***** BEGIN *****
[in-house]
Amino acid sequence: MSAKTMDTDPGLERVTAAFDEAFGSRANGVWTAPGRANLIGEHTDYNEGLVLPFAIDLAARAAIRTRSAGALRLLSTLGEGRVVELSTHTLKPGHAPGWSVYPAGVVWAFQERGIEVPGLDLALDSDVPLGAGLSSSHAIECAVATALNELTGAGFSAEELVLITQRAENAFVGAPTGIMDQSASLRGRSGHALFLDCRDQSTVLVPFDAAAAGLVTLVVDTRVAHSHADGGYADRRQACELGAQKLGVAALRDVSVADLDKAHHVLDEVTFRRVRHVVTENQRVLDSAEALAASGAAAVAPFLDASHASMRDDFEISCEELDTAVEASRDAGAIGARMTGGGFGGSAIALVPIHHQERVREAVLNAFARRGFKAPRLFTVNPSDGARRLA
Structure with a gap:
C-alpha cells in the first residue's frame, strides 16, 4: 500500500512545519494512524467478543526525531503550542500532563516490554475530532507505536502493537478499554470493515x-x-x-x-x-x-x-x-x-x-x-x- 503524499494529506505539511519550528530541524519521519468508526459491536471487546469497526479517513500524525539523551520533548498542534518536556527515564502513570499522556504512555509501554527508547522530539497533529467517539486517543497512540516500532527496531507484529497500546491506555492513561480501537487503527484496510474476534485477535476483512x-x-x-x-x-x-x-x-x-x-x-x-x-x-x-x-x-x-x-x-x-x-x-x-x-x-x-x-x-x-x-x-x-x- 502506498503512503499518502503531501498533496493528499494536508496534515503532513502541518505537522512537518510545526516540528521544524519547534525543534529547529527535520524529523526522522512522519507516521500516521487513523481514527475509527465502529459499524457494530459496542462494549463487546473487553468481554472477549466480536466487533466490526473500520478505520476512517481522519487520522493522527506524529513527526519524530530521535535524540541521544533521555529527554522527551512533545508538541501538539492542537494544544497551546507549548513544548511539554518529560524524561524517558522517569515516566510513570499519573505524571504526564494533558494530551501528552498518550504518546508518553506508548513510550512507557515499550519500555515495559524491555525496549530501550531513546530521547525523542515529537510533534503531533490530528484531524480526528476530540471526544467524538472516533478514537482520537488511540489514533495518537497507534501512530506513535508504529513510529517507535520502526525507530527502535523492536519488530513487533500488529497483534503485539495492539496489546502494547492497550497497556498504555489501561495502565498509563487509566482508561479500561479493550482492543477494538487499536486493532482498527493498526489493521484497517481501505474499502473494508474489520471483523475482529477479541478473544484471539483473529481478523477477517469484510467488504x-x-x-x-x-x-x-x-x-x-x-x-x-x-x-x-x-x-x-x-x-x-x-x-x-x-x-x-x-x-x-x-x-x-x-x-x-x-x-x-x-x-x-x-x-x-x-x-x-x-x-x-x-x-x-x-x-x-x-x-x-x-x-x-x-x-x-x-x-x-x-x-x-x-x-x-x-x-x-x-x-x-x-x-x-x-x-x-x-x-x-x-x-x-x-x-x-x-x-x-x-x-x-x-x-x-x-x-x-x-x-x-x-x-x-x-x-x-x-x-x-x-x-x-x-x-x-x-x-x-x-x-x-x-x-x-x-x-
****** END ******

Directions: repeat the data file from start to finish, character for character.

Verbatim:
[in-house]
Amino acid sequence: MSAKTMDTDPGLERVTAAFDEAFGSRANGVWTAPGRANLIGEHTDYNEGLVLPFAIDLAARAAIRTRSAGALRLLSTLGEGRVVELSTHTLKPGHAPGWSVYPAGVVWAFQERGIEVPGLDLALDSDVPLGAGLSSSHAIECAVATALNELTGAGFSAEELVLITQRAENAFVGAPTGIMDQSASLRGRSGHALFLDCRDQSTVLVPFDAAAAGLVTLVVDTRVAHSHADGGYADRRQACELGAQKLGVAALRDVSVADLDKAHHVLDEVTFRRVRHVVTENQRVLDSAEALAASGAAAVAPFLDASHASMRDDFEISCEELDTAVEASRDAGAIGARMTGGGFGGSAIALVPIHHQERVREAVLNAFARRGFKAPRLFTVNPSDGARRLA
Structure with a gap:
C-alpha cells in the first residue's frame, strides 16, 4: 500500500512545519494512524467478543526525531503550542500532563516490554475530532507505536502493537478499554470493515x-x-x-x-x-x-x-x-x-x-x-x- 503524499494529506505539511519550528530541524519521519468508526459491536471487546469497526479517513500524525539523551520533548498542534518536556527515564502513570499522556504512555509501554527508547522530539497533529467517539486517543497512540516500532527496531507484529497500546491506555492513561480501537487503527484496510474476534485477535476483512x-x-x-x-x-x-x-x-x-x-x-x-x-x-x-x-x-x-x-x-x-x-x-x-x-x-x-x-x-x-x-x-x-x- 502506498503512503499518502503531501498533496493528499494536508496534515503532513502541518505537522512537518510545526516540528521544524519547534525543534529547529527535520524529523526522522512522519507516521500516521487513523481514527475509527465502529459499524457494530459496542462494549463487546473487553468481554472477549466480536466487533466490526473500520478505520476512517481522519487520522493522527506524529513527526519524530530521535535524540541521544533521555529527554522527551512533545508538541501538539492542537494544544497551546507549548513544548511539554518529560524524561524517558522517569515516566510513570499519573505524571504526564494533558494530551501528552498518550504518546508518553506508548513510550512507557515499550519500555515495559524491555525496549530501550531513546530521547525523542515529537510533534503531533490530528484531524480526528476530540471526544467524538472516533478514537482520537488511540489514533495518537497507534501512530506513535508504529513510529517507535520502526525507530527502535523492536519488530513487533500488529497483534503485539495492539496489546502494547492497550497497556498504555489501561495502565498509563487509566482508561479500561479493550482492543477494538487499536486493532482498527493498526489493521484497517481501505474499502473494508474489520471483523475482529477479541478473544484471539483473529481478523477477517469484510467488504x-x-x-x-x-x-x-x-x-x-x-x-x-x-x-x-x-x-x-x-x-x-x-x-x-x-x-x-x-x-x-x-x-x-x-x-x-x-x-x-x-x-x-x-x-x-x-x-x-x-x-x-x-x-x-x-x-x-x-x-x-x-x-x-x-x-x-x-x-x-x-x-x-x-x-x-x-x-x-x-x-x-x-x-x-x-x-x-x-x-x-x-x-x-x-x-x-x-x-x-x-x-x-x-x-x-x-x-x-x-x-x-x-x-x-x-x-x-x-x-x-x-x-x-x-x-x-x-x-x-x-x-x-x-x-x-x-x-